Alphabet Stock Just Split – What Does It Mean and How Does It Affect Your Investments?

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When Alphabet stock split earlier this month, many investors saw their net worth rise rapidly. The 20-to-1 stock split meant that each share of Alphabet, Google’s parent company, was now worth 20 shares at 1/20 the price. However, a stock split makes each individual stock more affordable for investors. This usually results in more purchases, which leads to an increase in inventory. In the case of Alphabet, the stock rose 9% in the secondary market after the split.

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This means that people who held one share of Alphabet at $2,752.88 now had 20 shares, each worth $137.64. But the 9% jump resulted in a gain of more than $15 for each share, or $300 for 20 shares.

But what exactly is a stock split?

As the name suggests, a stock split occurs when each stock is divided into multiple stocks. For each share a shareholder owns, he will receive additional shares. In the past, stock splits happened frequently when a stock reached $100. Today, they rarely occur – and usually when a stock’s price rises rapidly and reaches territory where it would be unaffordable for many investors.

A four-for-one stock split means that each investor would get three additional shares, each worth a quarter of the original stock price. Stock splits can be particularly relevant for stocks that pay dividends. In a four-to-one split, for example, investors who were receiving dividends on one stock would now receive dividends on four stocks.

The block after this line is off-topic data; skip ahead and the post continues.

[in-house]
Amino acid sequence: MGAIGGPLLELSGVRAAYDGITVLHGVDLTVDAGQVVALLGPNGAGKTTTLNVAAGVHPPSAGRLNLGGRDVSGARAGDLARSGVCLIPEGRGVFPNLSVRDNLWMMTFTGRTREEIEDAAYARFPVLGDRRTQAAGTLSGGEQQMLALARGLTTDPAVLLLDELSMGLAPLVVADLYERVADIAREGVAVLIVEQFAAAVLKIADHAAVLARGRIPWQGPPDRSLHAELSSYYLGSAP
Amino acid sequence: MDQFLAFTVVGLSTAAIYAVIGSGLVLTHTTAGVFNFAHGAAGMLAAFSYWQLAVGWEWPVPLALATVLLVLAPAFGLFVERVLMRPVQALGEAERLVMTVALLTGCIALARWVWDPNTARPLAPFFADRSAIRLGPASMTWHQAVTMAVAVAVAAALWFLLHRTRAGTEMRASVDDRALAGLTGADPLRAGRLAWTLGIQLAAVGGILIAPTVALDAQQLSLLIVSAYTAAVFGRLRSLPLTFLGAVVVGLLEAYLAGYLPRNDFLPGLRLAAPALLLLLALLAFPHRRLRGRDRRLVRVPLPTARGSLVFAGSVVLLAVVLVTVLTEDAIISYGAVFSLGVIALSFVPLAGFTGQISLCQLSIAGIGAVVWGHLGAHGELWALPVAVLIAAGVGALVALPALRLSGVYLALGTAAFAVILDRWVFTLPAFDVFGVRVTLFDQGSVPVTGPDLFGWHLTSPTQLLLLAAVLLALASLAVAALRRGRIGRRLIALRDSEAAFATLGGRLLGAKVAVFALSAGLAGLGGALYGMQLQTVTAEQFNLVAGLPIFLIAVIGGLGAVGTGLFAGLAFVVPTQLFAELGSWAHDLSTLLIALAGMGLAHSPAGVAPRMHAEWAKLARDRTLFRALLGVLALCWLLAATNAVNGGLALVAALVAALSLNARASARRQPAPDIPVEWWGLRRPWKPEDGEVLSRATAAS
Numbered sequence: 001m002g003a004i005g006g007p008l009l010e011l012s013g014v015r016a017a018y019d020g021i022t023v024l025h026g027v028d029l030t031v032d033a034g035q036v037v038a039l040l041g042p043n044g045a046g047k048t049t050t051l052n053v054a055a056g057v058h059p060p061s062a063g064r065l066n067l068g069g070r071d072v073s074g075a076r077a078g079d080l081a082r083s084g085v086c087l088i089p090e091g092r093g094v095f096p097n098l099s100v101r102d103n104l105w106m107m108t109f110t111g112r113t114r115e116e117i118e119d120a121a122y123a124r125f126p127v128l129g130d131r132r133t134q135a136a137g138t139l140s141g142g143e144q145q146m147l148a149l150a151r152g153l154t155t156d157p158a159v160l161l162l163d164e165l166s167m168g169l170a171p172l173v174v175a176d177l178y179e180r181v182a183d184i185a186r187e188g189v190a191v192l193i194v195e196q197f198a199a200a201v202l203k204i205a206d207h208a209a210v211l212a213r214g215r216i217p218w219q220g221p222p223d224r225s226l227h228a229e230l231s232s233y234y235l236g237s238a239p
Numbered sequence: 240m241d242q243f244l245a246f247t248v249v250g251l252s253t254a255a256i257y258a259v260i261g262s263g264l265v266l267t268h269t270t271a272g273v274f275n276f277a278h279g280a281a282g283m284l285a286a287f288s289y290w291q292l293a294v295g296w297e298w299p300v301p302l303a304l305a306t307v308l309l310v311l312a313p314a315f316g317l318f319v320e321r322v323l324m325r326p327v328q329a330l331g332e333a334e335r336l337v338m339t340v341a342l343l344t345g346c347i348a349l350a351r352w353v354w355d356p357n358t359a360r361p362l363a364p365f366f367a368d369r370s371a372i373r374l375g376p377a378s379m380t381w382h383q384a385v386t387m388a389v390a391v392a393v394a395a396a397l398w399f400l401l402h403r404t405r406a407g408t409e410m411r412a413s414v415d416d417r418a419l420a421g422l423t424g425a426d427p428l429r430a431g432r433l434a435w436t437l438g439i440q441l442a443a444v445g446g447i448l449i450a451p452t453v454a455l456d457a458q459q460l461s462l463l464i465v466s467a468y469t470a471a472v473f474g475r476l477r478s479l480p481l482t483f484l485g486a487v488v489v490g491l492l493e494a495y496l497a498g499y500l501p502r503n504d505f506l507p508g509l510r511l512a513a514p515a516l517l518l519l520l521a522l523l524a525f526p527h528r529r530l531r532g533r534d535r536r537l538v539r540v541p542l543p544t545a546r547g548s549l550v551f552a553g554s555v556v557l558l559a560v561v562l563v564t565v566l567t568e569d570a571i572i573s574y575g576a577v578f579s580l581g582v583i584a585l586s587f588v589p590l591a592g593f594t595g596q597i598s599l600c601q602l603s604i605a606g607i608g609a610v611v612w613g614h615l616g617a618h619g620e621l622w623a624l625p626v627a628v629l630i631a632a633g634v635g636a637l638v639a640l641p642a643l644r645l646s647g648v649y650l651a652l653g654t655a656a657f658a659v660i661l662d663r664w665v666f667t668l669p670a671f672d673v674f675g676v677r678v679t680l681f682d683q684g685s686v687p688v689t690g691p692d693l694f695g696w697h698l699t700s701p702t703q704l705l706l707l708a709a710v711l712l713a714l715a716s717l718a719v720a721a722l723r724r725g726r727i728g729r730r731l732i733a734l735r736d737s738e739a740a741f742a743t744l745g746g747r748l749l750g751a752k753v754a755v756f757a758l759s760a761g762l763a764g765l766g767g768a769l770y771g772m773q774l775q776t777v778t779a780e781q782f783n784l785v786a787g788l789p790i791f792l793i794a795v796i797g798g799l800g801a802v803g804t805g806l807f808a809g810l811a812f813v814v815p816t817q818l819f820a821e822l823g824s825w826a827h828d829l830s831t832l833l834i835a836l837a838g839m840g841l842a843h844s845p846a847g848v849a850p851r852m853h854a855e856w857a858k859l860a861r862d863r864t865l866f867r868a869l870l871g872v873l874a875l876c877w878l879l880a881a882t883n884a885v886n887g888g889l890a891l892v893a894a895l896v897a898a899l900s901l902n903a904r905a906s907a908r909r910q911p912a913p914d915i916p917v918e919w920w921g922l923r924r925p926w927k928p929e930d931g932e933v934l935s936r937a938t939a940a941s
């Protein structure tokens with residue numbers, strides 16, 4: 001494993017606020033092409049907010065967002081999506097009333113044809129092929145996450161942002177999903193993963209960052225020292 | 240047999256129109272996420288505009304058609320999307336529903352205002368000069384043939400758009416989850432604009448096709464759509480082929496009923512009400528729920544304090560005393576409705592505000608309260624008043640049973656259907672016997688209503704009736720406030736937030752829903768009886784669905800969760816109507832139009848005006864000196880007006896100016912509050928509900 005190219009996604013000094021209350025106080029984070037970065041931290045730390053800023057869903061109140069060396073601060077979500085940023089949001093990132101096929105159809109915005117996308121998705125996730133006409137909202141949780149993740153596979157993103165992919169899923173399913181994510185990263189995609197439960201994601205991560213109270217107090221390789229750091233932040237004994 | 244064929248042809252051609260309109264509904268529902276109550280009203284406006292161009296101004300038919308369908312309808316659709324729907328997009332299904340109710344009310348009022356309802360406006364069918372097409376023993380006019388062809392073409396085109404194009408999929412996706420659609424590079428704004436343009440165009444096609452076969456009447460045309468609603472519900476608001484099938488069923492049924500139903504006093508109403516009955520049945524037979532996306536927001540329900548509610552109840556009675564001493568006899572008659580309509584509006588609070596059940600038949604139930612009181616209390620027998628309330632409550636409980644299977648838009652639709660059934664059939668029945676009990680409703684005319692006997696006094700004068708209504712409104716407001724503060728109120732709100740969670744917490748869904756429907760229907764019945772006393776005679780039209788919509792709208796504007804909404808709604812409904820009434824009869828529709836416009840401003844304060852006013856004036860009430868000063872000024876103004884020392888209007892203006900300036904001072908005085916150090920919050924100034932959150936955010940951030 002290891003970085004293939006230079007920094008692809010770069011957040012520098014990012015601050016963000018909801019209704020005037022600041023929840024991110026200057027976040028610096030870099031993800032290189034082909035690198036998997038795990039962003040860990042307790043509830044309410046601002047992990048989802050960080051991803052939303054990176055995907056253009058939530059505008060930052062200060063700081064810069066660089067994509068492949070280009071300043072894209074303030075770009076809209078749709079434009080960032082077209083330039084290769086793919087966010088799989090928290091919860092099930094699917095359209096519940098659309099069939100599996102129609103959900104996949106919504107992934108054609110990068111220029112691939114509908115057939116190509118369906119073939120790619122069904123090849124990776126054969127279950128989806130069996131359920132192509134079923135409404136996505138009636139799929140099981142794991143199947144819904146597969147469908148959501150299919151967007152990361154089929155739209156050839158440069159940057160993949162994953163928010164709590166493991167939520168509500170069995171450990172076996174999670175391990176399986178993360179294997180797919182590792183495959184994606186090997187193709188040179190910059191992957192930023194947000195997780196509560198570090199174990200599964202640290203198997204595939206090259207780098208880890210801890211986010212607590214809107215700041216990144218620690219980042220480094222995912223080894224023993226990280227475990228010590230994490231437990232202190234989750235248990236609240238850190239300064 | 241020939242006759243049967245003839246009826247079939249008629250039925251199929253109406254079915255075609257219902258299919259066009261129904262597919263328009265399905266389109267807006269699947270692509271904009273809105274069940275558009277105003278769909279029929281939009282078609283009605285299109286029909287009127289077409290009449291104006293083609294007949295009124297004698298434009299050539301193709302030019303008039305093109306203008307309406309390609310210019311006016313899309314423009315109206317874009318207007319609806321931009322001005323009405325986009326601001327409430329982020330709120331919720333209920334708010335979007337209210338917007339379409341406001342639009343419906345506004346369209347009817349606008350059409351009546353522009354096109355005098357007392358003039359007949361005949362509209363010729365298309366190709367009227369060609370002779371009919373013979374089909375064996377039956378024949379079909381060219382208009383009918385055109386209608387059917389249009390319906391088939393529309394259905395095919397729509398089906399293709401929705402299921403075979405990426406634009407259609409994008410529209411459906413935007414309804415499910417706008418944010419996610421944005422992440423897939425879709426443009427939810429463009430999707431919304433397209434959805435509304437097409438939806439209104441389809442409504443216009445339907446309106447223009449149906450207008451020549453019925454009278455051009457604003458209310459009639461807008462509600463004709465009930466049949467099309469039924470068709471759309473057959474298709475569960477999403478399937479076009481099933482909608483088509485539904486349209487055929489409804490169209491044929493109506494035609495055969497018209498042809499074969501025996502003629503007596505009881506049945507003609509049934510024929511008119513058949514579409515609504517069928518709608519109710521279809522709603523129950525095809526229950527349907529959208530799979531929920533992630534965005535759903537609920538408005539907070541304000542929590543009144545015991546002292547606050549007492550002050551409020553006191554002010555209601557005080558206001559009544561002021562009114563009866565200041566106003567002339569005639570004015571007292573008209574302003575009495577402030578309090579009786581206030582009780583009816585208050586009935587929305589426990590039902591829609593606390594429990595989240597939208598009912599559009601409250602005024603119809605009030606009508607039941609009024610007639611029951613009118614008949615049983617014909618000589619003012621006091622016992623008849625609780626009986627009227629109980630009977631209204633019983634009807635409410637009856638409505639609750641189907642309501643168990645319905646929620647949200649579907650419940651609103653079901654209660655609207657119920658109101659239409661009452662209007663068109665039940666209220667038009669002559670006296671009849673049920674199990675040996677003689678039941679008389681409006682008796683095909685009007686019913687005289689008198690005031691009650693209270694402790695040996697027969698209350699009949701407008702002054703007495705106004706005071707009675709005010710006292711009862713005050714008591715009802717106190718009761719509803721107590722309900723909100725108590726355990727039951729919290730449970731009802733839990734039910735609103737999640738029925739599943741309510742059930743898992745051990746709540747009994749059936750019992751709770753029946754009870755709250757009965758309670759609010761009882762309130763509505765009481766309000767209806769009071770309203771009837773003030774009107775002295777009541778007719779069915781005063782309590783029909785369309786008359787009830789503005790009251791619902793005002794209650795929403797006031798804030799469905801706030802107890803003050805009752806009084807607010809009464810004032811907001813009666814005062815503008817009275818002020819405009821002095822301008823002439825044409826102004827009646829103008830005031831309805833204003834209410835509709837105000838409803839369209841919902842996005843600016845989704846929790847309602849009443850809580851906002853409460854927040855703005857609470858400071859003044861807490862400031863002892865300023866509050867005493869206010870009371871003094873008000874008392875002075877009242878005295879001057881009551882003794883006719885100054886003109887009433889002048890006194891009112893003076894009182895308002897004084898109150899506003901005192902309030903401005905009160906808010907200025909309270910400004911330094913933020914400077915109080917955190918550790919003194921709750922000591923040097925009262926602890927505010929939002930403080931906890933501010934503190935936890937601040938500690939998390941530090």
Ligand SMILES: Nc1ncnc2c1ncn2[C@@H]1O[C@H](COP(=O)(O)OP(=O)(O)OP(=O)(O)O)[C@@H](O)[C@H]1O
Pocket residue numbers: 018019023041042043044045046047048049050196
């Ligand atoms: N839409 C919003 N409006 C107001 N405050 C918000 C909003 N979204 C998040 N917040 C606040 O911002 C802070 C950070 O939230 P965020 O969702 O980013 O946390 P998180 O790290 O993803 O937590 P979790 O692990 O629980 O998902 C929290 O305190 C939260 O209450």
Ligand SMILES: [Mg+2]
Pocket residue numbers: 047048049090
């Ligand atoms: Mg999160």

Stock splits generally do not affect a company’s market capitalization, except for any increase the stock may experience after the split due to more buyers being able to afford it. to buy shares. S&P 500 stocks tend to gain 5% in the year following a split, with a 2.5% rise occurring immediately, The Wall Street Journal reported.

However, in today’s investing world, where many apps allow investors to buy fractional shares, splits have lost much of their relevance, which is why we don’t see them as often.

When Stocks Divide Unevenly

Sometimes a company splits a stock due to organizational changes within the company. For example, last Tuesday AT&T announced that it would spin off its WarnerMedia division and merge ownership with Discovery. As part of the company’s spin-off, AT&T shareholders received 0.24% of a Warner Bros. share. Discovery for every AT&T stock they held.

AT&T also decided to cut its dividend payments from $2.08 per share to $1.08 per share. As a result, instead of seeing AT&T stock rise following the split, AT&T stock fell 4%.

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What should investors do when a stock is split?

Bearing in mind that most stocks go up after a split, now might be a good time to hold on to your investments. However, you might want to assess your portfolio for its diversity, to make sure it’s not too biased towards fractional investing. You may also want to talk to your financial advisor about the best money moves to make with your new, growing portfolio.

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About the Author

Dawn Allcot is a full-time freelance writer and content marketer with interests in finance, e-commerce, technology, and real estate. His long list of publishing credits includes Bankrate, Lending Tree and Chase Bank. She is the founder and owner of GeekTravelGuide.net, a travel, technology and entertainment website. She lives in Long Island, New York, with a veritable menagerie that includes 2 cats, a rambunctious kitten and three lizards of different sizes and personalities – plus her two children and her husband. Find her on Twitter, @DawnAllcot.

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